As things now stand the ­Oregon Public Employees Retirement System has an unfunded liability of well over $20 billion and the bills are coming due. Yet the governor and the Legislature have yet to take serious steps to address the matter.

The governor hasn’t ignored it completely, to be sure. Friday, deep into the legislative session, she introduced her plan to shield school districts from their PERS problems. She has some good ideas and attempts to spread out the costs. She even asks district employees to help pay some of the burden.

PERS’s difficulties go far beyond K-12 education, however. They have an impact on state universities, cities, counties and tiny communities like Jordan Valley, population under 200, among others. Each one is having to dig deep to pay those pension bills, and that’s a problem. College tuition rises, even as the need for a college education increases. School districts may have to lay off teachers, and cities and counties charge more for the services they provide.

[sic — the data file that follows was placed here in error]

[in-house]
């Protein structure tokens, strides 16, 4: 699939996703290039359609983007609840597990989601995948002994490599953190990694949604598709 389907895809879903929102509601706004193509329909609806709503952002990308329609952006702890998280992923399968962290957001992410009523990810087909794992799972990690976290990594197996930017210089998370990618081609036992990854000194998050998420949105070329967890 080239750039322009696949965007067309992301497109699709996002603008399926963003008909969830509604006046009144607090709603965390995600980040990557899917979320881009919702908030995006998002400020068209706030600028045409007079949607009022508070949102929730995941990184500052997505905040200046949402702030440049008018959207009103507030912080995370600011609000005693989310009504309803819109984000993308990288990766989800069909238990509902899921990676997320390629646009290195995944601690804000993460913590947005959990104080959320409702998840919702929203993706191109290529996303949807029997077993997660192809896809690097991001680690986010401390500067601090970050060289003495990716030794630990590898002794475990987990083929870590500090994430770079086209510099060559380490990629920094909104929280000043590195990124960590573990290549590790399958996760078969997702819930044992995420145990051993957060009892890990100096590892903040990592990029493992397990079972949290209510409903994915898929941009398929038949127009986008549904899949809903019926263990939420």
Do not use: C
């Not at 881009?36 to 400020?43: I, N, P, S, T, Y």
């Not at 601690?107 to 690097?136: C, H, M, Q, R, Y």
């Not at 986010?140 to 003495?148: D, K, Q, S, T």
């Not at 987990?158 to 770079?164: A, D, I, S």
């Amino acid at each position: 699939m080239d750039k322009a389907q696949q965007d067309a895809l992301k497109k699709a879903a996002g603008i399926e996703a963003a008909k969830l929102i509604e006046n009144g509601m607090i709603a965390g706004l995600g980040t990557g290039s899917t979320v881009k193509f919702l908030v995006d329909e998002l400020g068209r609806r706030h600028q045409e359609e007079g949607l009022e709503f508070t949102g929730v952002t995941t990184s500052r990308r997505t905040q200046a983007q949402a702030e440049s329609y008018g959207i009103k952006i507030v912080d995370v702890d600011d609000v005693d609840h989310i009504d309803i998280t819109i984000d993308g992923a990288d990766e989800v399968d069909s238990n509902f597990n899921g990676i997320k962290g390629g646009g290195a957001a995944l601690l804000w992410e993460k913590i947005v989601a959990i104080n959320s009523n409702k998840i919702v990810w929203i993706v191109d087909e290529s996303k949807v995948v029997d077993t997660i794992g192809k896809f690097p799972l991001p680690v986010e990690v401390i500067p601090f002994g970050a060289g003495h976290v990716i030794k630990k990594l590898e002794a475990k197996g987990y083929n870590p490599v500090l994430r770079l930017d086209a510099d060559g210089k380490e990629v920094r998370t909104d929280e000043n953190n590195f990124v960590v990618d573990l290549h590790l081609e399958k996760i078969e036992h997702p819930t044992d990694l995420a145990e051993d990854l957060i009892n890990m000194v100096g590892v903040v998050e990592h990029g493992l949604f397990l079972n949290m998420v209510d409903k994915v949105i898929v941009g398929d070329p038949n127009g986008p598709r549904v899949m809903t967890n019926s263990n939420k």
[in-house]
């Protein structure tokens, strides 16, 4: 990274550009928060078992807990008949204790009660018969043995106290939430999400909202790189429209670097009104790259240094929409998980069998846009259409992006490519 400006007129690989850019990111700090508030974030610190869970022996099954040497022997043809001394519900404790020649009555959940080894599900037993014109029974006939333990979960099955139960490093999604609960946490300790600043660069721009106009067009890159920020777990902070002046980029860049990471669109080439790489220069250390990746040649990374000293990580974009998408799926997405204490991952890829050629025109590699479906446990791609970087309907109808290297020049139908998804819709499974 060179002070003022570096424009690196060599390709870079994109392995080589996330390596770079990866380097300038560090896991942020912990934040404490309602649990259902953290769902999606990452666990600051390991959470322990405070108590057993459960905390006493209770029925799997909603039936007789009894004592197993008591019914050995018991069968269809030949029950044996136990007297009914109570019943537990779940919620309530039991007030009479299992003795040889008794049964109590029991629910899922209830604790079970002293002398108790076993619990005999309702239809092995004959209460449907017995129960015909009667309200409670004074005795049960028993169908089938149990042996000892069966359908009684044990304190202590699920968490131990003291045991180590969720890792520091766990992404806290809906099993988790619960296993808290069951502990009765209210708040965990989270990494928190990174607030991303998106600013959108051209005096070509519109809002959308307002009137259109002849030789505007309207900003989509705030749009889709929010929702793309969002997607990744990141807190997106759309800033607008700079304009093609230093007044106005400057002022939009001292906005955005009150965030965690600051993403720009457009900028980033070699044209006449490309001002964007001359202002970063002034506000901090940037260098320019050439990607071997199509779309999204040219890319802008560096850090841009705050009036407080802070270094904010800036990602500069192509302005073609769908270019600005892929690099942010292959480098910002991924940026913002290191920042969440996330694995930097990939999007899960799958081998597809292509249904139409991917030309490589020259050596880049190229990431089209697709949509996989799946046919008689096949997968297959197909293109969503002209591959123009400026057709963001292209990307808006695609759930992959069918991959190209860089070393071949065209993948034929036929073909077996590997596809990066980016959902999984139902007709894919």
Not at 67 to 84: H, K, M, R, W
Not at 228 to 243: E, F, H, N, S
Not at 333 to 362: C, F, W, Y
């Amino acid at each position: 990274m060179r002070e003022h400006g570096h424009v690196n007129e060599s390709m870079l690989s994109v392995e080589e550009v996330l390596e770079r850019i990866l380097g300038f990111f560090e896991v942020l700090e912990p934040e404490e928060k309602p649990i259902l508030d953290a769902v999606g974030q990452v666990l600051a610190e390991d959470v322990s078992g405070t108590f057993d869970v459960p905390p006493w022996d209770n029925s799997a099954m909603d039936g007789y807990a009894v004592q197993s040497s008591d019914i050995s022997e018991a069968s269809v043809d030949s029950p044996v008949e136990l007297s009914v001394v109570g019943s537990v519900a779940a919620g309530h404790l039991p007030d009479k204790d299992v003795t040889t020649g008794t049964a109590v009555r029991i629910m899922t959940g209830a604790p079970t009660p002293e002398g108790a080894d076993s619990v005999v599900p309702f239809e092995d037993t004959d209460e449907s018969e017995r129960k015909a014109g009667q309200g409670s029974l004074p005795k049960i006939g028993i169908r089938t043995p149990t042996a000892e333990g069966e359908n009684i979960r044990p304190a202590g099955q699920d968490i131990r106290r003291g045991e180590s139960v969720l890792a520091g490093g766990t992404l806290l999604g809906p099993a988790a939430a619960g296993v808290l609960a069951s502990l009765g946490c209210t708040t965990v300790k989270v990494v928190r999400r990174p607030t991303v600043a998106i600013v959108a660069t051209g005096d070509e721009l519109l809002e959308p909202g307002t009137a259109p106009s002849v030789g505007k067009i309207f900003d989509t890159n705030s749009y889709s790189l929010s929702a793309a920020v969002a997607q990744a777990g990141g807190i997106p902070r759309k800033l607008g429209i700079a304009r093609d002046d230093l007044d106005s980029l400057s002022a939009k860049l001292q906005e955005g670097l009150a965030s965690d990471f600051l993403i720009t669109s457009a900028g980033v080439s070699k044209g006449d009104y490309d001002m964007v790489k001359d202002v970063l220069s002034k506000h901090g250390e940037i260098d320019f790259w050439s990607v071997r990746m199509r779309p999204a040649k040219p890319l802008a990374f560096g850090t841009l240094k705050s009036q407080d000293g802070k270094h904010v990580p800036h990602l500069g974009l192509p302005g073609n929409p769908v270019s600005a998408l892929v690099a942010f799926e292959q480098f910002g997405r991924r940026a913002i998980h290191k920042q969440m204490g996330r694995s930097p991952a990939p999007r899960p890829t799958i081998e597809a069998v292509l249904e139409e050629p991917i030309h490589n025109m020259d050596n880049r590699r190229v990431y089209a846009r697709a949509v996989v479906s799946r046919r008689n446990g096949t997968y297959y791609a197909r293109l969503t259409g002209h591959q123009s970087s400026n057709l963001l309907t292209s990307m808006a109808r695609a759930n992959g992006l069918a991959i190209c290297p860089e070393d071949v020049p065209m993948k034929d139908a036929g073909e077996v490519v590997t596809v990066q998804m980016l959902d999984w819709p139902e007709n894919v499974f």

A pair of ballot measures sponsored by former Democratic Gov. Ted Kulongoski and former Republican legislator Chris Telfer are in the works to take on the problems. The proposals do not change what’s owed on PERS. What they do do, however, is require state employees to help pay the bills in the future by contributing a percentage of their salaries to their retirement programs. Also, one would give new employees the option of using a 401(k)-style plan to which they and employers each would contribute 6% of the employee’s salary. The other requires lawmakers to study and make recommendations on a 401(k)-style plan.

The measures face an uphill battle, and Kulongoski and Telfer know it. They also know what’s at stake. Remember just what’s going on in Oregon’s schools.

School districts expect their PERS payments during the 2021-23 biennium to jump by 5.4%. And, while Brown’s early session goal was to give K-12 education an additional $2 billion, even that new money likely wouldn’t do much but fill in for money that must go to PERS.

If Oregon is to improve its schools and smaller taxing bodies are to continue providing services at costs the public can afford, something must be done about PERS. The Kulongoski-Telfer measures are a good start.